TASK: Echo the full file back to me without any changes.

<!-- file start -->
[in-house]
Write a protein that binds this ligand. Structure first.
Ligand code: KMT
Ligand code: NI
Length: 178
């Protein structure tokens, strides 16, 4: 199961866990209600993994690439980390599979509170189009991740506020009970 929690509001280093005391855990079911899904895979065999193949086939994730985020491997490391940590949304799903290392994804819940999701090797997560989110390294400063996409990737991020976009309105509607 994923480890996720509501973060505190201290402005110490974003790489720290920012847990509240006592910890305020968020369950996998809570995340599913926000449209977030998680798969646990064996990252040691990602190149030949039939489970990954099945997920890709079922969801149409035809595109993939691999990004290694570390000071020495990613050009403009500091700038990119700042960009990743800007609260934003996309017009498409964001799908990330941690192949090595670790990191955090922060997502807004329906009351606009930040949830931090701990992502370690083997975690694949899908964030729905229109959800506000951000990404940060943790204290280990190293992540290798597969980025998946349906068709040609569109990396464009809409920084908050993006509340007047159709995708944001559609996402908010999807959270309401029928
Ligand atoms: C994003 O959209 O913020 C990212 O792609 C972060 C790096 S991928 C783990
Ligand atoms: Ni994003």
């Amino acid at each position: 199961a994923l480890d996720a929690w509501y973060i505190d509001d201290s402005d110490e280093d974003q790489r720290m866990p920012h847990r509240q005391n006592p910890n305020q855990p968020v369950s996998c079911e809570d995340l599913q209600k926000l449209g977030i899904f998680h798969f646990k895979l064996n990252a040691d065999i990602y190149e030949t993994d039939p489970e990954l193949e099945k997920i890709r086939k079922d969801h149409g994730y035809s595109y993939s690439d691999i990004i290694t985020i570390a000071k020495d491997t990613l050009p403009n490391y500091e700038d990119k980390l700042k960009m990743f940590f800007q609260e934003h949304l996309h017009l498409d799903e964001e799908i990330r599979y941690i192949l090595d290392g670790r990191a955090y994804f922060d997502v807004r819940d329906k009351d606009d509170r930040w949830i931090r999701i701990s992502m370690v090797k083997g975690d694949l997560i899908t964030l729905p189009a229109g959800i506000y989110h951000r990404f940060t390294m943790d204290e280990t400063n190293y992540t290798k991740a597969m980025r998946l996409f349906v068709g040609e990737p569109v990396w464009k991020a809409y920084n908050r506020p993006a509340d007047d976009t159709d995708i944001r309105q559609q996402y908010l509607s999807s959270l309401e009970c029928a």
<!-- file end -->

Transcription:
[in-house]
Write a protein that binds this ligand. Structure first.
Ligand code: KMT
Ligand code: NI
Length: 178
């Protein structure tokens, strides 16, 4: 199961866990209600993994690439980390599979509170189009991740506020009970 929690509001280093005391855990079911899904895979065999193949086939994730985020491997490391940590949304799903290392994804819940999701090797997560989110390294400063996409990737991020976009309105509607 994923480890996720509501973060505190201290402005110490974003790489720290920012847990509240006592910890305020968020369950996998809570995340599913926000449209977030998680798969646990064996990252040691990602190149030949039939489970990954099945997920890709079922969801149409035809595109993939691999990004290694570390000071020495990613050009403009500091700038990119700042960009990743800007609260934003996309017009498409964001799908990330941690192949090595670790990191955090922060997502807004329906009351606009930040949830931090701990992502370690083997975690694949899908964030729905229109959800506000951000990404940060943790204290280990190293992540290798597969980025998946349906068709040609569109990396464009809409920084908050993006509340007047159709995708944001559609996402908010999807959270309401029928
Ligand atoms: C994003 O959209 O913020 C990212 O792609 C972060 C790096 S991928 C783990
Ligand atoms: Ni994003």
């Amino acid at each position: 199961a994923l480890d996720a929690w509501y973060i505190d509001d201290s402005d110490e280093d974003q790489r720290m866990p920012h847990r509240q005391n006592p910890n305020q855990p968020v369950s996998c079911e809570d995340l599913q209600k926000l449209g977030i899904f998680h798969f646990k895979l064996n990252a040691d065999i990602y190149e030949t993994d039939p489970e990954l193949e099945k997920i890709r086939k079922d969801h149409g994730y035809s595109y993939s690439d691999i990004i290694t985020i570390a000071k020495d491997t990613l050009p403009n490391y500091e700038d990119k980390l700042k960009m990743f940590f800007q609260e934003h949304l996309h017009l498409d799903e964001e799908i990330r599979y941690i192949l090595d290392g670790r990191a955090y994804f922060d997502v807004r819940d329906k009351d606009d509170r930040w949830i931090r999701i701990s992502m370690v090797k083997g975690d694949l997560i899908t964030l729905p189009a229109g959800i506000y989110h951000r990404f940060t390294m943790d204290e280990t400063n190293y992540t290798k991740a597969m980025r998946l996409f349906v068709g040609e990737p569109v990396w464009k991020a809409y920084n908050r506020p993006a509340d007047d976009t159709d995708i944001r309105q559609q996402y908010l509607s999807s959270l309401e009970c029928a």